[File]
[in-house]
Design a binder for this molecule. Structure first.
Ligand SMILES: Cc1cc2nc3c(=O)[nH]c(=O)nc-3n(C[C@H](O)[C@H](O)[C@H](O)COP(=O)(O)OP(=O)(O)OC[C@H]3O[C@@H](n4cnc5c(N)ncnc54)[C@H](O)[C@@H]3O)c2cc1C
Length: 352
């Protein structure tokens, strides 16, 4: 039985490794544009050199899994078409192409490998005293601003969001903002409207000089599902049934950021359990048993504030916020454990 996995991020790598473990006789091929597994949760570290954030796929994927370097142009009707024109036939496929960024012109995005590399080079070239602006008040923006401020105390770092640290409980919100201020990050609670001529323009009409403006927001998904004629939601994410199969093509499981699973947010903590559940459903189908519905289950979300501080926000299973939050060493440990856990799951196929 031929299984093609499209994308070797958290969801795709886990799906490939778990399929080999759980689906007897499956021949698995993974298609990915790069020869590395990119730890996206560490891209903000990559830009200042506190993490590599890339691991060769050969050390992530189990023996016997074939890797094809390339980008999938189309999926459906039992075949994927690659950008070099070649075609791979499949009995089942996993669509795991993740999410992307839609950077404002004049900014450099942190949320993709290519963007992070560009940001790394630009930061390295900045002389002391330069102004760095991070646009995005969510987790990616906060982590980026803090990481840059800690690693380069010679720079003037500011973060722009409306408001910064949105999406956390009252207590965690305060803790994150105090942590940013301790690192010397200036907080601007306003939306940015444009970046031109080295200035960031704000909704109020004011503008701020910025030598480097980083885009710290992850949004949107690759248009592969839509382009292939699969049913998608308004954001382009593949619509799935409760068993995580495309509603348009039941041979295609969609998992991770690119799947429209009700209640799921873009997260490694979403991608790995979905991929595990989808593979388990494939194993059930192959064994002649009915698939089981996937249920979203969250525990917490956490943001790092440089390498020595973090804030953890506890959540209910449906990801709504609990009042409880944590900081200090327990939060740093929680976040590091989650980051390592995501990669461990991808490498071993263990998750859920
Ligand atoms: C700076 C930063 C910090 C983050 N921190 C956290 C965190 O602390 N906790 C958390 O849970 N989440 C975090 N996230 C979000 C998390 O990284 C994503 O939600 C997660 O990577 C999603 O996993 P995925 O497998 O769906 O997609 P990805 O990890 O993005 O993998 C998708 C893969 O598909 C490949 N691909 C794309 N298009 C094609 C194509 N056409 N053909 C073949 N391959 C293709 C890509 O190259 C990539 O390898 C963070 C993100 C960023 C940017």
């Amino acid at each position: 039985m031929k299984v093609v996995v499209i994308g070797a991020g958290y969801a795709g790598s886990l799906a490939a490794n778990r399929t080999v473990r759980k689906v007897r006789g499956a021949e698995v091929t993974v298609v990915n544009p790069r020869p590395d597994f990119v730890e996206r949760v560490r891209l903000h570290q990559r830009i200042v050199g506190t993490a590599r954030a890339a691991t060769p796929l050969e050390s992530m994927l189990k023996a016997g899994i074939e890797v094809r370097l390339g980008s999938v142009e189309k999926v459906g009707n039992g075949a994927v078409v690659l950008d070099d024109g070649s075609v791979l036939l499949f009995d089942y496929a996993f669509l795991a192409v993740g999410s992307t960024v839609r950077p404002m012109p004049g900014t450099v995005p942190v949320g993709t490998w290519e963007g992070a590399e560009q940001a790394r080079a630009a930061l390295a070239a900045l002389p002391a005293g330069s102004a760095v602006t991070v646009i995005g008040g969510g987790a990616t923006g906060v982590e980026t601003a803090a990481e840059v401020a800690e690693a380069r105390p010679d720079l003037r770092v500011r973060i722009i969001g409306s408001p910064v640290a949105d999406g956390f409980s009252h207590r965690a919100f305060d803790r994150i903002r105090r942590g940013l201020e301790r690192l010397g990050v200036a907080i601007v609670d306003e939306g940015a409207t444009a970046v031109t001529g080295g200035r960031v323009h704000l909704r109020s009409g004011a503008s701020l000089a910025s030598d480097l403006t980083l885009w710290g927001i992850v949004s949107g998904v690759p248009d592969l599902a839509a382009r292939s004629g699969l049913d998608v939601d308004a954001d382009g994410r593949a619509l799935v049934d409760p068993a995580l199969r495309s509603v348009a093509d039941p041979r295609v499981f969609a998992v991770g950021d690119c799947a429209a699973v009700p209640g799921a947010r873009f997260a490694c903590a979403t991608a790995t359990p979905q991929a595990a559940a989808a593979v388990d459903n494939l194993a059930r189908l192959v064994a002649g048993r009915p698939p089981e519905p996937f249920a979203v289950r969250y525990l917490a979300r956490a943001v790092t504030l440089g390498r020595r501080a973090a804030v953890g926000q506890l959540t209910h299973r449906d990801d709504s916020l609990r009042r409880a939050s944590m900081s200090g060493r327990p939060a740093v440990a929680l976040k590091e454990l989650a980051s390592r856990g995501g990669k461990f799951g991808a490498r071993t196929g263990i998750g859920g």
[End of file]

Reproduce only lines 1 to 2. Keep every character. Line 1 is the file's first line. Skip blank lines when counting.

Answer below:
[in-house]
Design a binder for this molecule. Structure first.